Monday, August 22, 2011

How art helps us to live our lives

If almost insensible changes in our moral sensibility take place over time, we perceive them only in the long run (as it is only in 1972 that Ashbery can transcribe the disseminated reflections and decisions generated in him over thirteen years).  For Ashbery, the artwork's union of aesthetic law and the illusion of intimacy, its integration of its symbolic parts into a perceived whole, works a significant ratification of inner selfhood and external possibility - although from it we cannot avoid awaking to the fresh demands of a changed moment.

What is the result of looking at a lyric such as Ashbery's for a reader who believes, with Stevens, that artworks help us to live our lives?  Because a poet wants above all to make, in each effort, something unique and irreplaceable, he would not like to have all his works collected together as conveyors of his ethical sense. It is precisely the individual drive of each artwork, capable of "distorting" the original moral urgency of the artist, that makes moral paraphrase so difficult.  Ashbery, writing on R.B. Kitaj, says that the graphic artist is "constantly scrutinizing all the chief indicators - poetry, pictures, politics, sex, the attitudes of people he sees, and the auras of situations they bring with them - in an effort to decode the cryptogram of the world" [Reported Sightings, 308].  

For the poet, who is no less observant than the graphic artist or the novelist, but for whom the social order has to be conveyed in words rather than through painted images, dramatic scenes, or the interaction of characters, poetry is a place for the decoding of the resistant semiotics of the contemporary.  As the poet's mental accumulation meets the compelling law of form, it is regularized from unintelligibility into a shape that seems "right."  The morality of this act, as Wallace Stevens said, consists in rejecting proposed forms that merely "console / Or sanctify."  Forms that "console" or "sanctify" are concessions to a nostalgic sentimentality.  Parmigianino - and Ashbery after him - refuses the consoling or sanctifying concession implicitly present in transcriptive mimesis, while nonetheless allowing recognizable figuration and emotional intimacy to play dominant roles in his art.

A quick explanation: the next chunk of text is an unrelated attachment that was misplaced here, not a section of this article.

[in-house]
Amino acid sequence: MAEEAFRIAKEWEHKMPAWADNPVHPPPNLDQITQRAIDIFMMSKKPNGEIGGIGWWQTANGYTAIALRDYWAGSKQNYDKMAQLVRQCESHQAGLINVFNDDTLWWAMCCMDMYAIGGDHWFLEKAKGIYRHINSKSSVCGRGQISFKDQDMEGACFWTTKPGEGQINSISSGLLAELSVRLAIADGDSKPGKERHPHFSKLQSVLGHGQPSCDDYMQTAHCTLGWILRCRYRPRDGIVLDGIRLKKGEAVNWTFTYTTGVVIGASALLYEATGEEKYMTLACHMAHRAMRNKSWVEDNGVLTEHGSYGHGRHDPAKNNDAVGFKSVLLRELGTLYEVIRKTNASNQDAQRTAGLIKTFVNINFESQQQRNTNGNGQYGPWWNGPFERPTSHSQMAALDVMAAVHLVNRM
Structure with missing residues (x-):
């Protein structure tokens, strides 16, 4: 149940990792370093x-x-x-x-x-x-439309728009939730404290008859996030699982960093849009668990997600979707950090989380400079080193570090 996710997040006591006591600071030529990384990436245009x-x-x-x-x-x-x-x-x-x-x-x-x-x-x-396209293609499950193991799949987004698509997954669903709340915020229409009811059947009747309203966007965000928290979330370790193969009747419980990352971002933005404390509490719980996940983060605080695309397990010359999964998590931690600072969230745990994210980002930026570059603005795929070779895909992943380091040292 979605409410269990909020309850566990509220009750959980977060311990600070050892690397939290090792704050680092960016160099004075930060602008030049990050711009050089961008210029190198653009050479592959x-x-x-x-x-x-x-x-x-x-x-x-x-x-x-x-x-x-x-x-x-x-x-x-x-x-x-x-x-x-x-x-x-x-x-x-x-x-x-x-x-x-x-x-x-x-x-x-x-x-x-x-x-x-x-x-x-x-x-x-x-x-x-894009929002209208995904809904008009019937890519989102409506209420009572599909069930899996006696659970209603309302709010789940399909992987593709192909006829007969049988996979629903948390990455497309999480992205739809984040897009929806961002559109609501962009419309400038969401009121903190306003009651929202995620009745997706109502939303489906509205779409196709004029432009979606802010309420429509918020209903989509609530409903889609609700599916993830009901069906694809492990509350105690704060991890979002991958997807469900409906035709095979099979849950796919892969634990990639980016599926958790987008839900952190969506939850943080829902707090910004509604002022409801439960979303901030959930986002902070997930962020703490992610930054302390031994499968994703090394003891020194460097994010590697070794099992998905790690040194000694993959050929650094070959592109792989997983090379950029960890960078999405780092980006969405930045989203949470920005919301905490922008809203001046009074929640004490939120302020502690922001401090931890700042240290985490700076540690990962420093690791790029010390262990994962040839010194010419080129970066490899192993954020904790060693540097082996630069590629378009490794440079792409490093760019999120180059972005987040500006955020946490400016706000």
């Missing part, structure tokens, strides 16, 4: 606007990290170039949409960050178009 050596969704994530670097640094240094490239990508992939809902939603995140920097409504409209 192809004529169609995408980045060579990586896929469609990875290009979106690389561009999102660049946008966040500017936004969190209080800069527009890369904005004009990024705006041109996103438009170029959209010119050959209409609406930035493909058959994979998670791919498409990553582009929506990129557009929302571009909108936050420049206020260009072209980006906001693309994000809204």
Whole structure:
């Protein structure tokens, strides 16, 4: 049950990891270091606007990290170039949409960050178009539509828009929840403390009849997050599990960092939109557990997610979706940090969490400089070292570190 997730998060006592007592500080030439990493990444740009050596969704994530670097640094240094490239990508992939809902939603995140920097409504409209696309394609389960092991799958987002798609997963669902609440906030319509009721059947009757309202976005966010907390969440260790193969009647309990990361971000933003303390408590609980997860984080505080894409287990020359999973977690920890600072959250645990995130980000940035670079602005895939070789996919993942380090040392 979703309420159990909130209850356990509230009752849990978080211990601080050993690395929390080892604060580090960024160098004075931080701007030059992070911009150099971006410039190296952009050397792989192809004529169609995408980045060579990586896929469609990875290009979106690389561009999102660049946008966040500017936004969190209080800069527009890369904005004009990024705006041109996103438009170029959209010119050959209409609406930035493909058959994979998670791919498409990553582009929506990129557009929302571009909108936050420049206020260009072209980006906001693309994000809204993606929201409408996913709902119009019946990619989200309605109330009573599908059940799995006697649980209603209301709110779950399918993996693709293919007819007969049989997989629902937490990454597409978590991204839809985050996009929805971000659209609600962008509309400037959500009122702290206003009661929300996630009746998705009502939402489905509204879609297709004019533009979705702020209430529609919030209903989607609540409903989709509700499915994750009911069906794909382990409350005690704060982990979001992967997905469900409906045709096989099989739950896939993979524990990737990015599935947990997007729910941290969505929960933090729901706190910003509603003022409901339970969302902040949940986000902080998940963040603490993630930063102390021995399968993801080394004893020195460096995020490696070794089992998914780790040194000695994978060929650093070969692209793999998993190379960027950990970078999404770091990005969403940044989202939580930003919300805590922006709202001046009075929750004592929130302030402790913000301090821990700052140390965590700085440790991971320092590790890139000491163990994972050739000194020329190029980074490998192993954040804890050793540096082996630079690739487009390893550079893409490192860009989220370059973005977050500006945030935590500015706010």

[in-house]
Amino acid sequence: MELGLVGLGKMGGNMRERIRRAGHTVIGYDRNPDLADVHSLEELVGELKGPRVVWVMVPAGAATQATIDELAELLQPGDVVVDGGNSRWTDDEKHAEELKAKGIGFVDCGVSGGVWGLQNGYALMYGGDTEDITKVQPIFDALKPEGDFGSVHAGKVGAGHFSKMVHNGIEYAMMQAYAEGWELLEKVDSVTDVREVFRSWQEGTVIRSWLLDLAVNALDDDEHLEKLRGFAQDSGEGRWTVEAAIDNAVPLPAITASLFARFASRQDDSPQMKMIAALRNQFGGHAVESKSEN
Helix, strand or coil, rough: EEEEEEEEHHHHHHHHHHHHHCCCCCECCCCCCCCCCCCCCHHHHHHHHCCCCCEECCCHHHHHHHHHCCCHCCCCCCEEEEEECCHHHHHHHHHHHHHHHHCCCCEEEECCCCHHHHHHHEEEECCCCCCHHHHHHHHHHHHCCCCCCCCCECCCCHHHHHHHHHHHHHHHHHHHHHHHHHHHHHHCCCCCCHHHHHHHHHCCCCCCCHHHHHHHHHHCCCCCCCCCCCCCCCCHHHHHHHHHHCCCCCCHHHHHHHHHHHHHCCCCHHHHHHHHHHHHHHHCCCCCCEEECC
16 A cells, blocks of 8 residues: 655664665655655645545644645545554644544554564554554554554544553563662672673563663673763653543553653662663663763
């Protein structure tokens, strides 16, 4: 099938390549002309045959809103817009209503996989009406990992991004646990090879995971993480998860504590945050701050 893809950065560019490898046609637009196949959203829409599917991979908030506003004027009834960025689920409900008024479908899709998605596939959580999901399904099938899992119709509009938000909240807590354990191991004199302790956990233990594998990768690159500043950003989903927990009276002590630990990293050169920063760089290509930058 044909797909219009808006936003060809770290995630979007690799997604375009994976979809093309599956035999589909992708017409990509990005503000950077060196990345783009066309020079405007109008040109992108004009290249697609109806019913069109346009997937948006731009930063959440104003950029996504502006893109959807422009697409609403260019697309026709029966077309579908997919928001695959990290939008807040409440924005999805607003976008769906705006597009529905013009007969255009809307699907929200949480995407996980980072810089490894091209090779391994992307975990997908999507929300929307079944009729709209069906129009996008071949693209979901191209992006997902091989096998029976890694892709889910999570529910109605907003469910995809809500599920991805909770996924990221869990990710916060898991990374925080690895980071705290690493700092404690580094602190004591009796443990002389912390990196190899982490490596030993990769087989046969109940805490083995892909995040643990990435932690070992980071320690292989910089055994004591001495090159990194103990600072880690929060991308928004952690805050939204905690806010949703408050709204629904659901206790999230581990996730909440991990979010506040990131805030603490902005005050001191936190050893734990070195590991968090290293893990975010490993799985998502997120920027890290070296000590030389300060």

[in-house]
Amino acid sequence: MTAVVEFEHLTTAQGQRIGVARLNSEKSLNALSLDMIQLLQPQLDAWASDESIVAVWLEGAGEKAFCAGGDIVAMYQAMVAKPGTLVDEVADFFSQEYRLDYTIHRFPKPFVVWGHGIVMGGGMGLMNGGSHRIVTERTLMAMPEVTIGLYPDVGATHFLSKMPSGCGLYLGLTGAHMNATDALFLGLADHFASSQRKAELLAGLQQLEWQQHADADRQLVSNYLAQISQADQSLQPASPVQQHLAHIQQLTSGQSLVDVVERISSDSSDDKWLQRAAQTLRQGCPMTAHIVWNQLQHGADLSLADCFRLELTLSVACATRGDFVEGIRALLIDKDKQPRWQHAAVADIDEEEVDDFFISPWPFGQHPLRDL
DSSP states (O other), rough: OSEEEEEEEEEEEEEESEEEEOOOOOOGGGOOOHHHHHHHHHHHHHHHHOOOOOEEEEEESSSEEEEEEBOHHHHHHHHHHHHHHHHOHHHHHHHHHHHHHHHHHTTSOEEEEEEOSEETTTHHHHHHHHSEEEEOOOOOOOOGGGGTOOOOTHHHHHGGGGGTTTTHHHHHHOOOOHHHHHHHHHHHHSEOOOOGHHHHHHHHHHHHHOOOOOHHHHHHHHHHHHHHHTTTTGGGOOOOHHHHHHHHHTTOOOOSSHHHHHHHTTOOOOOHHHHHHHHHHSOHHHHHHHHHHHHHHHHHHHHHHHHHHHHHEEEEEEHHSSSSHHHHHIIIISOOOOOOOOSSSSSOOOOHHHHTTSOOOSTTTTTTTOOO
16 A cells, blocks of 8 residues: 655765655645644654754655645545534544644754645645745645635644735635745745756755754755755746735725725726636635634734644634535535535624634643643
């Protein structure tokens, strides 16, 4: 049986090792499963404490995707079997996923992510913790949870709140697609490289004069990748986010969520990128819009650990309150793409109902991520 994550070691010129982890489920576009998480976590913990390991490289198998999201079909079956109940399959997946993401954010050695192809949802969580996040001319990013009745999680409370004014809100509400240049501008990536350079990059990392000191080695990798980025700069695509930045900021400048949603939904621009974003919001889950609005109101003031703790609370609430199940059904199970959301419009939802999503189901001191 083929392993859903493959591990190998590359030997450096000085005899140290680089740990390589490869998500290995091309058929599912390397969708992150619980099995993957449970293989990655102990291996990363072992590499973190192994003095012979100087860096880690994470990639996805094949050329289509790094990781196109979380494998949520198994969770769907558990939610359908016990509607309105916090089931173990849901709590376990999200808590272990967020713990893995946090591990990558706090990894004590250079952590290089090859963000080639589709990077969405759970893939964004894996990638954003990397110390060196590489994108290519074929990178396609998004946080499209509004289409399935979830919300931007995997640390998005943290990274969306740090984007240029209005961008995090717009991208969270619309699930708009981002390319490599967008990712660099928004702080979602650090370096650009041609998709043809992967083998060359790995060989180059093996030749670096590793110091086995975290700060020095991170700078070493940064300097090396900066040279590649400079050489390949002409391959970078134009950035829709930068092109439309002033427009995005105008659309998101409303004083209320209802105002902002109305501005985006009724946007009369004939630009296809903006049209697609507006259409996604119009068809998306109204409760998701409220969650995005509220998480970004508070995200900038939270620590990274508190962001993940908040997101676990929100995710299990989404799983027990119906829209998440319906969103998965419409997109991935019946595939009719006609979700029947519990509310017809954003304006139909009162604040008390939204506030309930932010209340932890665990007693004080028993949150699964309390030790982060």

In praising Chardin, Ashbery once wrote of the "magnificent progress" possible as the artist "help[s] the spirit to take a new step":

If one takes the down-to-earth as point of departure and neither makes nor wastes any effort in trying to rise to an exalted or splendid level, every effort, every contribution of the artistic genius goes into transfiguring the manner of execution, changing the language, and helping the spirit to take a new step, thus constituting magnificent progress.  [Reported Sightings, 47]
Part of the "down-to-earth," for poets, is fostering within the lyric poem a climate of mutual trust between poet and reader.  Ashbery here stands between his predecessor in the past, the Francesco he both summons and dismisses, and the fictive reader of his own self-portrait in verse.  He addresses both of his invisible listeners in tones of intimate comprehension and sympathy.  Ashbery's invisible listeners - "Francesco" in fantasy and ourselves in reality - animate the poem from private meditation on an artwork into colloquy with a corresponding other, from the solitude of the lyric chamber to an imagination twinning us with someone more like us than we had imagined.  Poems constitute their invisible listeners as persons who understand, who will complete the expressive circuit of thought and language initiated by an artwork, and who will engage in the imagined ethical modeling of an ideal mutuality. - Helen Vendler

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